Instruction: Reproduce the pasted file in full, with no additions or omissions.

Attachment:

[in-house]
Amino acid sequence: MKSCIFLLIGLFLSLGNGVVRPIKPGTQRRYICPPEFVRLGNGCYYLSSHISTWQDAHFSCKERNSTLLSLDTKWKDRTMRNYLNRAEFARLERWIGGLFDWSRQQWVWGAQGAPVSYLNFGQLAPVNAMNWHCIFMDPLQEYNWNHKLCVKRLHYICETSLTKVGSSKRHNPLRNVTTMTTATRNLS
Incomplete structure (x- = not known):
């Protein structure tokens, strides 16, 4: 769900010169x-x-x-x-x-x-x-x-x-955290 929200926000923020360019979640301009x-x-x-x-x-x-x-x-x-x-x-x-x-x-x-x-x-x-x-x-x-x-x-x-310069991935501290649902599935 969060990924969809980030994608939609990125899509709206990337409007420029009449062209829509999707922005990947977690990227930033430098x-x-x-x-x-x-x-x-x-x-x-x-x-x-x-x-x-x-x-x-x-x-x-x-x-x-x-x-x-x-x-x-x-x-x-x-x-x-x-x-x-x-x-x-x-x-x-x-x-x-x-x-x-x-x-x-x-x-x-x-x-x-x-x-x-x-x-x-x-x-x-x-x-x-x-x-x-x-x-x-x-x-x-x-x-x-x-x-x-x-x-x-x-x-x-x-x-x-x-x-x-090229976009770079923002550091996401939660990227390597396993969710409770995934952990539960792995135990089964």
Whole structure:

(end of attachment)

[in-house]
Amino acid sequence: MKSCIFLLIGLFLSLGNGVVRPIKPGTQRRYICPPEFVRLGNGCYYLSSHISTWQDAHFSCKERNSTLLSLDTKWKDRTMRNYLNRAEFARLERWIGGLFDWSRQQWVWGAQGAPVSYLNFGQLAPVNAMNWHCIFMDPLQEYNWNHKLCVKRLHYICETSLTKVGSSKRHNPLRNVTTMTTATRNLS
Incomplete structure (x- = not known):
């Protein structure tokens, strides 16, 4: 769900010169x-x-x-x-x-x-x-x-x-955290 929200926000923020360019979640301009x-x-x-x-x-x-x-x-x-x-x-x-x-x-x-x-x-x-x-x-x-x-x-x-310069991935501290649902599935 969060990924969809980030994608939609990125899509709206990337409007420029009449062209829509999707922005990947977690990227930033430098x-x-x-x-x-x-x-x-x-x-x-x-x-x-x-x-x-x-x-x-x-x-x-x-x-x-x-x-x-x-x-x-x-x-x-x-x-x-x-x-x-x-x-x-x-x-x-x-x-x-x-x-x-x-x-x-x-x-x-x-x-x-x-x-x-x-x-x-x-x-x-x-x-x-x-x-x-x-x-x-x-x-x-x-x-x-x-x-x-x-x-x-x-x-x-x-x-x-x-x-x-090229976009770079923002550091996401939660990227390597396993969710409770995934952990539960792995135990089964």
Whole structure: